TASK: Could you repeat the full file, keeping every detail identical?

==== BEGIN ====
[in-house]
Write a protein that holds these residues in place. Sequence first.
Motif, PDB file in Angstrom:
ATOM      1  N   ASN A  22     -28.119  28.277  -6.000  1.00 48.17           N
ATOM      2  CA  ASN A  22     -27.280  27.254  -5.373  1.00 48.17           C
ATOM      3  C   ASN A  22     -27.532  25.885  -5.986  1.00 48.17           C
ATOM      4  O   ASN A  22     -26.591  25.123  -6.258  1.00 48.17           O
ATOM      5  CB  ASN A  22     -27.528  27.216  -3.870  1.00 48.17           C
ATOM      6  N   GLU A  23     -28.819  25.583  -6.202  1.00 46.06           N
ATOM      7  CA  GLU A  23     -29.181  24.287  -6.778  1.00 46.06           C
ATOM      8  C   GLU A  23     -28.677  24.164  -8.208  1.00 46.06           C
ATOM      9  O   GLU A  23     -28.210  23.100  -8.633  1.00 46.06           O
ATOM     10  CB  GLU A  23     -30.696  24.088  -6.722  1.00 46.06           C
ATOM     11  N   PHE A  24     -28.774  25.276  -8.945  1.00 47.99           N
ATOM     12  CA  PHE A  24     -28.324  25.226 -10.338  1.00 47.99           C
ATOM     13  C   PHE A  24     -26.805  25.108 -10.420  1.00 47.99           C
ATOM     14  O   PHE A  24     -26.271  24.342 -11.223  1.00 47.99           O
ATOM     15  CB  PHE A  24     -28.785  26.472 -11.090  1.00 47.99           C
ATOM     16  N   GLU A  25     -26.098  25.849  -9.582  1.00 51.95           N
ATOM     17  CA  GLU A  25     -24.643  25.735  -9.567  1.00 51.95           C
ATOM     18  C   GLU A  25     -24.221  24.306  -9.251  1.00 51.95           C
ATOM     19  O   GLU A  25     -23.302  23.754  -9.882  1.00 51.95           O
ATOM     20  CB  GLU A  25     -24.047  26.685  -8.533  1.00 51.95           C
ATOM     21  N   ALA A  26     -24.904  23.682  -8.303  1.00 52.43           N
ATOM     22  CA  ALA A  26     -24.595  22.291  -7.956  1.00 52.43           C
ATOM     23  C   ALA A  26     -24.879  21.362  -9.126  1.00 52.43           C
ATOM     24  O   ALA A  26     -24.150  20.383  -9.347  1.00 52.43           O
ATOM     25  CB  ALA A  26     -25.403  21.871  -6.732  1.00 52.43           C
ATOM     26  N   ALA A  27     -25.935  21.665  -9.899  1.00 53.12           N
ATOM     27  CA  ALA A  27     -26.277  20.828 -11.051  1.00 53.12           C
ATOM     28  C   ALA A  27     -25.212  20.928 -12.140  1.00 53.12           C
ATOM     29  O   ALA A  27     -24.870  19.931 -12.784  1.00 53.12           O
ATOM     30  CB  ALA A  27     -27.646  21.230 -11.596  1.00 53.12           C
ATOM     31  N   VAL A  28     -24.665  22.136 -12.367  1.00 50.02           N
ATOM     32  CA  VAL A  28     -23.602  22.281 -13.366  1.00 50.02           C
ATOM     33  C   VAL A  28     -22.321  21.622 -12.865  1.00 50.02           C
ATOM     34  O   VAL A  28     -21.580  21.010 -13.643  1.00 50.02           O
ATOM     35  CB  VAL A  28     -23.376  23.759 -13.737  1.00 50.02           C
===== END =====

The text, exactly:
[in-house]
Write a protein that holds these residues in place. Sequence first.
Motif, PDB file in Angstrom:
ATOM      1  N   ASN A  22     -28.119  28.277  -6.000  1.00 48.17           N
ATOM      2  CA  ASN A  22     -27.280  27.254  -5.373  1.00 48.17           C
ATOM      3  C   ASN A  22     -27.532  25.885  -5.986  1.00 48.17           C
ATOM      4  O   ASN A  22     -26.591  25.123  -6.258  1.00 48.17           O
ATOM      5  CB  ASN A  22     -27.528  27.216  -3.870  1.00 48.17           C
ATOM      6  N   GLU A  23     -28.819  25.583  -6.202  1.00 46.06           N
ATOM      7  CA  GLU A  23     -29.181  24.287  -6.778  1.00 46.06           C
ATOM      8  C   GLU A  23     -28.677  24.164  -8.208  1.00 46.06           C
ATOM      9  O   GLU A  23     -28.210  23.100  -8.633  1.00 46.06           O
ATOM     10  CB  GLU A  23     -30.696  24.088  -6.722  1.00 46.06           C
ATOM     11  N   PHE A  24     -28.774  25.276  -8.945  1.00 47.99           N
ATOM     12  CA  PHE A  24     -28.324  25.226 -10.338  1.00 47.99           C
ATOM     13  C   PHE A  24     -26.805  25.108 -10.420  1.00 47.99           C
ATOM     14  O   PHE A  24     -26.271  24.342 -11.223  1.00 47.99           O
ATOM     15  CB  PHE A  24     -28.785  26.472 -11.090  1.00 47.99           C
ATOM     16  N   GLU A  25     -26.098  25.849  -9.582  1.00 51.95           N
ATOM     17  CA  GLU A  25     -24.643  25.735  -9.567  1.00 51.95           C
ATOM     18  C   GLU A  25     -24.221  24.306  -9.251  1.00 51.95           C
ATOM     19  O   GLU A  25     -23.302  23.754  -9.882  1.00 51.95           O
ATOM     20  CB  GLU A  25     -24.047  26.685  -8.533  1.00 51.95           C
ATOM     21  N   ALA A  26     -24.904  23.682  -8.303  1.00 52.43           N
ATOM     22  CA  ALA A  26     -24.595  22.291  -7.956  1.00 52.43           C
ATOM     23  C   ALA A  26     -24.879  21.362  -9.126  1.00 52.43           C
ATOM     24  O   ALA A  26     -24.150  20.383  -9.347  1.00 52.43           O
ATOM     25  CB  ALA A  26     -25.403  21.871  -6.732  1.00 52.43           C
ATOM     26  N   ALA A  27     -25.935  21.665  -9.899  1.00 53.12           N
ATOM     27  CA  ALA A  27     -26.277  20.828 -11.051  1.00 53.12           C
ATOM     28  C   ALA A  27     -25.212  20.928 -12.140  1.00 53.12           C
ATOM     29  O   ALA A  27     -24.870  19.931 -12.784  1.00 53.12           O
ATOM     30  CB  ALA A  27     -27.646  21.230 -11.596  1.00 53.12           C
ATOM     31  N   VAL A  28     -24.665  22.136 -12.367  1.00 50.02           N
ATOM     32  CA  VAL A  28     -23.602  22.281 -13.366  1.00 50.02           C
ATOM     33  C   VAL A  28     -22.321  21.622 -12.865  1.00 50.02           C
ATOM     34  O   VAL A  28     -21.580  21.010 -13.643  1.00 50.02           O
ATOM     35  CB  VAL A  28     -23.376  23.759 -13.737  1.00 50.02           C